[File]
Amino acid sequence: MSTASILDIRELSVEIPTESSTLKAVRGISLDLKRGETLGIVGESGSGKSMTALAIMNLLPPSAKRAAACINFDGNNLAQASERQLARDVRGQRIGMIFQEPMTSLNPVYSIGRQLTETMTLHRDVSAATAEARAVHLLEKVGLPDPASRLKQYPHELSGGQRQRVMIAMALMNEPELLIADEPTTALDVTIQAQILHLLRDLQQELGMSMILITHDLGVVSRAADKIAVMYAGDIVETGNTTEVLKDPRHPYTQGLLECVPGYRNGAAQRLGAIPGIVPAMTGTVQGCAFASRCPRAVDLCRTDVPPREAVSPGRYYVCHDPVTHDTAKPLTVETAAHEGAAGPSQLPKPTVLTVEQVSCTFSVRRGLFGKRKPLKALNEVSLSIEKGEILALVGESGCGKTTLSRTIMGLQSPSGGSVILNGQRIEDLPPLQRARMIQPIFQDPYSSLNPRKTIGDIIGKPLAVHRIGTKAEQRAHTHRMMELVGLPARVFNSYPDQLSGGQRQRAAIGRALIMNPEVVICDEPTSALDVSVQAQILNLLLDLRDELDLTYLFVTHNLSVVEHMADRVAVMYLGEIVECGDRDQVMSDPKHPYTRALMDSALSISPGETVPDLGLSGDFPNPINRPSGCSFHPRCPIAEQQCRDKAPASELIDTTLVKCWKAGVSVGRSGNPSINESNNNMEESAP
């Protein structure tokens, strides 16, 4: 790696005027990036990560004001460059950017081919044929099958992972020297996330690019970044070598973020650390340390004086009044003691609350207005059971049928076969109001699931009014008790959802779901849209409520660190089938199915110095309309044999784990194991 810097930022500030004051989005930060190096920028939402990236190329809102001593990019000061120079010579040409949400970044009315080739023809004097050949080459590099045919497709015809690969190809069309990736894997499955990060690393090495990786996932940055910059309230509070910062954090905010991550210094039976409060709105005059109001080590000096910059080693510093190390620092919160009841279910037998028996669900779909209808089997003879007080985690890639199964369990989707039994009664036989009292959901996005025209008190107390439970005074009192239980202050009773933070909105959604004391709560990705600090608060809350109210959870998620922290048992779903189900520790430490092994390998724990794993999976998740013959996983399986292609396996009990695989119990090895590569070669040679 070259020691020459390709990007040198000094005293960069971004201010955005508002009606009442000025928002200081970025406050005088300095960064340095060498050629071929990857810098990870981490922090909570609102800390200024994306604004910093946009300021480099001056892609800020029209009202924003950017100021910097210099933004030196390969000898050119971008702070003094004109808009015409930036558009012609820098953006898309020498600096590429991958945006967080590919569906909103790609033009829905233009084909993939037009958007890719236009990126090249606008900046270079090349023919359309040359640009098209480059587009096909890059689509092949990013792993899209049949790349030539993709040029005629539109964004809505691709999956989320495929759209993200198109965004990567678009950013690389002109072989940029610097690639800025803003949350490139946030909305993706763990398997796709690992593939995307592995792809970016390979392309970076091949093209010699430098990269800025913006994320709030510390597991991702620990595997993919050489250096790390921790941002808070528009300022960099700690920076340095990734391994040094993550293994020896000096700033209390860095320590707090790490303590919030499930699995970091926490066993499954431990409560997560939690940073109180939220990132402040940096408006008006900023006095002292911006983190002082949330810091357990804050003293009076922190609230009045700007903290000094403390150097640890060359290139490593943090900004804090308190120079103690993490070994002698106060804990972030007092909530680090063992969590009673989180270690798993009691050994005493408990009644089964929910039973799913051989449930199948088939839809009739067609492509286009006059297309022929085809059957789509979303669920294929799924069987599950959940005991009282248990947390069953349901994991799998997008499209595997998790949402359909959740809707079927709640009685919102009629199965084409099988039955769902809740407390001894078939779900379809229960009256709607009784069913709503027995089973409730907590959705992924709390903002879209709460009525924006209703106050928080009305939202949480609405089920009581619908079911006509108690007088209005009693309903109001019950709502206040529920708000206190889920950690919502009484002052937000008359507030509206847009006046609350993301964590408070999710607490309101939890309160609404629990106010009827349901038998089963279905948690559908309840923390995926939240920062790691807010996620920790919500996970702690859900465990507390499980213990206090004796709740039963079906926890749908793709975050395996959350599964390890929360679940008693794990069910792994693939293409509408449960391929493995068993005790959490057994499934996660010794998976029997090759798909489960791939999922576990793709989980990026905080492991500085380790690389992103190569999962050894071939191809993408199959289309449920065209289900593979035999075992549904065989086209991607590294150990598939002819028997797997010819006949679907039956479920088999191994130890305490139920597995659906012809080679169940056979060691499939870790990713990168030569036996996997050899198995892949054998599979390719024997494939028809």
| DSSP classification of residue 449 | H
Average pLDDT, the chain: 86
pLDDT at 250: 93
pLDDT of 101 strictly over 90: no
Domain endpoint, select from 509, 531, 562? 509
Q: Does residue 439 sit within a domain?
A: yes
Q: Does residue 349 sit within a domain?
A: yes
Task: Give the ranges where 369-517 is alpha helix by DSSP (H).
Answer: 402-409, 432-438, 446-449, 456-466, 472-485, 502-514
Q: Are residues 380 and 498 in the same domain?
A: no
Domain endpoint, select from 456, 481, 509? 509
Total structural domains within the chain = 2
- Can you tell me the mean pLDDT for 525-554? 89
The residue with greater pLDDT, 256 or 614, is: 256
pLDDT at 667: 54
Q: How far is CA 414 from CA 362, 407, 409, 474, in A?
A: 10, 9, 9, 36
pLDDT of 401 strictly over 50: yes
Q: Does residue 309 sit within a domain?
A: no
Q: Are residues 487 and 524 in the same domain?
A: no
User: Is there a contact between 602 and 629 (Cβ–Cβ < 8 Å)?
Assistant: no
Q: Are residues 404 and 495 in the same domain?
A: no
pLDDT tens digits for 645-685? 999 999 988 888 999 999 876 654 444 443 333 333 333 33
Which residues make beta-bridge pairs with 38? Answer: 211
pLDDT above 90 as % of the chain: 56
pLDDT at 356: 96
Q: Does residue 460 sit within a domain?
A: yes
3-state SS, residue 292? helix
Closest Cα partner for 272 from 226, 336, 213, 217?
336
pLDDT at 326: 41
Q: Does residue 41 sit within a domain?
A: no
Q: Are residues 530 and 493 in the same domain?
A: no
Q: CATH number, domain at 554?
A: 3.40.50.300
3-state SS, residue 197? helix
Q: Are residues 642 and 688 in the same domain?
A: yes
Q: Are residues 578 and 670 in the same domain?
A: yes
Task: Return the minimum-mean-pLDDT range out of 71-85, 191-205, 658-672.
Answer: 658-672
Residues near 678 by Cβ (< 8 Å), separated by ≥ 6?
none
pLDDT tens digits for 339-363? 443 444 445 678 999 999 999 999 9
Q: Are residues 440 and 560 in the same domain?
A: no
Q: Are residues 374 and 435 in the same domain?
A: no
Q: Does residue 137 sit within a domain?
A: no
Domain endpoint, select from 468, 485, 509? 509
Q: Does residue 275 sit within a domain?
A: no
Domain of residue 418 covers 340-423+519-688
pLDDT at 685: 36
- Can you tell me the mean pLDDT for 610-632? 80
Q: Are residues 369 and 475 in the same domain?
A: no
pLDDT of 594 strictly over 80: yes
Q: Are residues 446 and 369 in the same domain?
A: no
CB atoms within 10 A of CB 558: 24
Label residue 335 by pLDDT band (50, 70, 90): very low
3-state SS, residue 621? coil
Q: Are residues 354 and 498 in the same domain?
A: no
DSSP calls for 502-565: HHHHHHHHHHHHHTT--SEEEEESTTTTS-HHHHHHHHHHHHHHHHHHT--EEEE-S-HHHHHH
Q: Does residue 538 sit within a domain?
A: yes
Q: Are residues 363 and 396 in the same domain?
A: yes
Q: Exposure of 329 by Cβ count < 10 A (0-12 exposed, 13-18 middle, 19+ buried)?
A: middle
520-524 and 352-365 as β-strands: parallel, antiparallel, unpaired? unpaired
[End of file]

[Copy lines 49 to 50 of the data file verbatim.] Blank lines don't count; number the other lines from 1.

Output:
Q: Are residues 642 and 688 in the same domain?
A: yes